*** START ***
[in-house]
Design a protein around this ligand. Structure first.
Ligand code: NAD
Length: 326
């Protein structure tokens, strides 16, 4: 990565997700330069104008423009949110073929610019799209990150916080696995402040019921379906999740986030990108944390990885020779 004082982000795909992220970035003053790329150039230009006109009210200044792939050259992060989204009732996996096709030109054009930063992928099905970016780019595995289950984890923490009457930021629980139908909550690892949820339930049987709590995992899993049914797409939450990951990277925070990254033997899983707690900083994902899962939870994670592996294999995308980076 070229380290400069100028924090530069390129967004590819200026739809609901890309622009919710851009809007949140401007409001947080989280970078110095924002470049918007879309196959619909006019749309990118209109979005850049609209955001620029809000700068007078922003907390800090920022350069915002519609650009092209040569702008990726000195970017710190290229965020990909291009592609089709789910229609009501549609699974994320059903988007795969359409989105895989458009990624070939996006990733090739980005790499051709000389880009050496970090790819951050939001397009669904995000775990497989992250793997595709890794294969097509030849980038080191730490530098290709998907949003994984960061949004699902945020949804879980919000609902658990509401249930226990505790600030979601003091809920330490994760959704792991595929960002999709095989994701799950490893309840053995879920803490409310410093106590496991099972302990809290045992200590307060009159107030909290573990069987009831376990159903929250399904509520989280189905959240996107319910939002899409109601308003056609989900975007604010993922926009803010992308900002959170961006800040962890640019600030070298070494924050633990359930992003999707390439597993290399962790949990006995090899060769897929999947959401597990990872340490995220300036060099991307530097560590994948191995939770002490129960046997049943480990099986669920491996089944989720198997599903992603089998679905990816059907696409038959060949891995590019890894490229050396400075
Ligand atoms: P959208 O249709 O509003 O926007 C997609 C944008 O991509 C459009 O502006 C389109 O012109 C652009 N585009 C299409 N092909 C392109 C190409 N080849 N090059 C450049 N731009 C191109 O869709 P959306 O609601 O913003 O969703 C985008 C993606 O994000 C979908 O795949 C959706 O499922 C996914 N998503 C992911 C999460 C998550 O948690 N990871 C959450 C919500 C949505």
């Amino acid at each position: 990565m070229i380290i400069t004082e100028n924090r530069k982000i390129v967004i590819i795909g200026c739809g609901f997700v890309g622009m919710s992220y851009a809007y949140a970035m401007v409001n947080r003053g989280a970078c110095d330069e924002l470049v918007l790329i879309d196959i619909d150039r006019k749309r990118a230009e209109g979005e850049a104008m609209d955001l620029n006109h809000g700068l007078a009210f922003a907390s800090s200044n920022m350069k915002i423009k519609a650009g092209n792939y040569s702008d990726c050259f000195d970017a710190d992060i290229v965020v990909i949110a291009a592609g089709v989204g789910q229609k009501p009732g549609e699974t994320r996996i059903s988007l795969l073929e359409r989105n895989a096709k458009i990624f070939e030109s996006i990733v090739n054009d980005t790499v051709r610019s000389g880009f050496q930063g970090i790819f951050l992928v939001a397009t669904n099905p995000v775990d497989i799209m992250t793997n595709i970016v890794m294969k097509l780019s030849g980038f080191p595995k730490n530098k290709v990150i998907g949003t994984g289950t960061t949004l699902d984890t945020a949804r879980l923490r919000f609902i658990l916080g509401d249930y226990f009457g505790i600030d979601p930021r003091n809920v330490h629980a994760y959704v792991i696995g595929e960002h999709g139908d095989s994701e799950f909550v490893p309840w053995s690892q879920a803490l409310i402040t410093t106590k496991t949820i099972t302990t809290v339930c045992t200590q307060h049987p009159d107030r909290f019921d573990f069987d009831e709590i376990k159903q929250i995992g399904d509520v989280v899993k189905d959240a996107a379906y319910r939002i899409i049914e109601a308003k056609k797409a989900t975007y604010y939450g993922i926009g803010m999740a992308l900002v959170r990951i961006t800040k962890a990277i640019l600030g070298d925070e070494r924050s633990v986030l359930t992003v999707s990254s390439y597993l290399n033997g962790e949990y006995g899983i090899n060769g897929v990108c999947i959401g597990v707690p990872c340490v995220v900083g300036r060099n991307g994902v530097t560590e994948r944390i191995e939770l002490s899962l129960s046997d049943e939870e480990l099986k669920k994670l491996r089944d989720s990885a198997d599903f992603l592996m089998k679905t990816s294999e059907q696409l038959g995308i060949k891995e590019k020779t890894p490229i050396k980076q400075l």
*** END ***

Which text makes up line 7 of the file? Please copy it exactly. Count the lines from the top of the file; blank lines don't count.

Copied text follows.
């Amino acid at each position: 990565m070229i380290i400069t004082e100028n924090r530069k982000i390129v967004i590819i795909g200026c739809g609901f997700v890309g622009m919710s992220y851009a809007y949140a970035m401007v409001n947080r003053g989280a970078c110095d330069e924002l470049v918007l790329i879309d196959i619909d150039r006019k749309r990118a230009e209109g979005e850049a104008m609209d955001l620029n006109h809000g700068l007078a009210f922003a907390s800090s200044n920022m350069k915002i423009k519609a650009g092209n792939y040569s702008d990726c050259f000195d970017a710190d992060i290229v965020v990909i949110a291009a592609g089709v989204g789910q229609k009501p009732g549609e699974t994320r996996i059903s988007l795969l073929e359409r989105n895989a096709k458009i990624f070939e030109s996006i990733v090739n054009d980005t790499v051709r610019s000389g880009f050496q930063g970090i790819f951050l992928v939001a397009t669904n099905p995000v775990d497989i799209m992250t793997n595709i970016v890794m294969k097509l780019s030849g980038f080191p595995k730490n530098k290709v990150i998907g949003t994984g289950t960061t949004l699902d984890t945020a949804r879980l923490r919000f609902i658990l916080g509401d249930y226990f009457g505790i600030d979601p930021r003091n809920v330490h629980a994760y959704v792991i696995g595929e960002h999709g139908d095989s994701e799950f909550v490893p309840w053995s690892q879920a803490l409310i402040t410093t106590k496991t949820i099972t302990t809290v339930c045992t200590q307060h049987p009159d107030r909290f019921d573990f069987d009831e709590i376990k159903q929250i995992g399904d509520v989280v899993k189905d959240a996107a379906y319910r939002i899409i049914e109601a308003k056609k797409a989900t975007y604010y939450g993922i926009g803010m999740a992308l900002v959170r990951i961006t800040k962890a990277i640019l600030g070298d925070e070494r924050s633990v986030l359930t992003v999707s990254s390439y597993l290399n033997g962790e949990y006995g899983i090899n060769g897929v990108c999947i959401g597990v707690p990872c340490v995220v900083g300036r060099n991307g994902v530097t560590e994948r944390i191995e939770l002490s899962l129960s046997d049943e939870e480990l099986k669920k994670l491996r089944d989720s990885a198997d599903f992603l592996m089998k679905t990816s294999e059907q696409l038959g995308i060949k891995e590019k020779t890894p490229i050396k980076q400075l």